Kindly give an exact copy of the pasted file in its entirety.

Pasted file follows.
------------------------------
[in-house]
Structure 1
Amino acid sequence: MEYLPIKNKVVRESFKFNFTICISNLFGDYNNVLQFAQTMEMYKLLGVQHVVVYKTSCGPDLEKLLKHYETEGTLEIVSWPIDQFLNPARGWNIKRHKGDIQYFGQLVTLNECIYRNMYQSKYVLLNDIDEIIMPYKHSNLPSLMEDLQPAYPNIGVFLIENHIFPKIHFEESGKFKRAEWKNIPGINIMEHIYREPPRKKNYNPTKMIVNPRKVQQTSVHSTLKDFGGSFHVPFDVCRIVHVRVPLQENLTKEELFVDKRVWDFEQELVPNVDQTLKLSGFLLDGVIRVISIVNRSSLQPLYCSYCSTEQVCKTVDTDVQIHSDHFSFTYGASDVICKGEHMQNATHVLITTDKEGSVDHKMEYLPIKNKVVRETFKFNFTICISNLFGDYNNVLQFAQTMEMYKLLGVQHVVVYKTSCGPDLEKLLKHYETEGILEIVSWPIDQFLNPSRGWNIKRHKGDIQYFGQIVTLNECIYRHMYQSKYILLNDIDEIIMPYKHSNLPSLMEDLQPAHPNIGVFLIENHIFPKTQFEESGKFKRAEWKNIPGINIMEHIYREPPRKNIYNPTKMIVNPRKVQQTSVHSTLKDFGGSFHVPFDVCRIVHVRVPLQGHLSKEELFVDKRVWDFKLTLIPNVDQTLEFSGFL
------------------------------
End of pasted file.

[in-house]
Structure 1
Amino acid sequence: MEYLPIKNKVVRESFKFNFTICISNLFGDYNNVLQFAQTMEMYKLLGVQHVVVYKTSCGPDLEKLLKHYETEGTLEIVSWPIDQFLNPARGWNIKRHKGDIQYFGQLVTLNECIYRNMYQSKYVLLNDIDEIIMPYKHSNLPSLMEDLQPAYPNIGVFLIENHIFPKIHFEESGKFKRAEWKNIPGINIMEHIYREPPRKKNYNPTKMIVNPRKVQQTSVHSTLKDFGGSFHVPFDVCRIVHVRVPLQENLTKEELFVDKRVWDFEQELVPNVDQTLKLSGFLLDGVIRVISIVNRSSLQPLYCSYCSTEQVCKTVDTDVQIHSDHFSFTYGASDVICKGEHMQNATHVLITTDKEGSVDHKMEYLPIKNKVVRETFKFNFTICISNLFGDYNNVLQFAQTMEMYKLLGVQHVVVYKTSCGPDLEKLLKHYETEGILEIVSWPIDQFLNPSRGWNIKRHKGDIQYFGQIVTLNECIYRHMYQSKYILLNDIDEIIMPYKHSNLPSLMEDLQPAHPNIGVFLIENHIFPKTQFEESGKFKRAEWKNIPGINIMEHIYREPPRKNIYNPTKMIVNPRKVQQTSVHSTLKDFGGSFHVPFDVCRIVHVRVPLQGHLSKEELFVDKRVWDFKLTLIPNVDQTLEFSGFL